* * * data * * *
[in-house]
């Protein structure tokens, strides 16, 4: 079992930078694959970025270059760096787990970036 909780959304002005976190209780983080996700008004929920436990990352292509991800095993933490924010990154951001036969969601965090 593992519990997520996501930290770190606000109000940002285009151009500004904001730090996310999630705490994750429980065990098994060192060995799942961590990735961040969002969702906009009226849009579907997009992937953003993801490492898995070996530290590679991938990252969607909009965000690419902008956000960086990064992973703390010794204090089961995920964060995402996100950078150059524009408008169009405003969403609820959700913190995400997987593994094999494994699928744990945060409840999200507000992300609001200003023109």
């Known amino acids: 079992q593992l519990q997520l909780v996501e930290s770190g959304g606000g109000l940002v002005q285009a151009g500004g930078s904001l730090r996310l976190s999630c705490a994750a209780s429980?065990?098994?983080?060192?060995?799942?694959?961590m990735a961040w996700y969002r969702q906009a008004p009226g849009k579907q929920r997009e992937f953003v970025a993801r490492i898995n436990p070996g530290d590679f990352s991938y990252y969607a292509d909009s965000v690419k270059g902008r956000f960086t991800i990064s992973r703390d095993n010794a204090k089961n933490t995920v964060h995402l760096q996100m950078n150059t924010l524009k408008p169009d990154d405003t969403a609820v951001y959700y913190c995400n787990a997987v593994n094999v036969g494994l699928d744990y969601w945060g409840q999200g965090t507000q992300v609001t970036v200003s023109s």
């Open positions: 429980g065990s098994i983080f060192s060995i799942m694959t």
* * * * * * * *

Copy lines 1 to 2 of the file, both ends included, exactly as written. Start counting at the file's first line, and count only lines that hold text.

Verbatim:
[in-house]
């Protein structure tokens, strides 16, 4: 079992930078694959970025270059760096787990970036 909780959304002005976190209780983080996700008004929920436990990352292509991800095993933490924010990154951001036969969601965090 593992519990997520996501930290770190606000109000940002285009151009500004904001730090996310999630705490994750429980065990098994060192060995799942961590990735961040969002969702906009009226849009579907997009992937953003993801490492898995070996530290590679991938990252969607909009965000690419902008956000960086990064992973703390010794204090089961995920964060995402996100950078150059524009408008169009405003969403609820959700913190995400997987593994094999494994699928744990945060409840999200507000992300609001200003023109």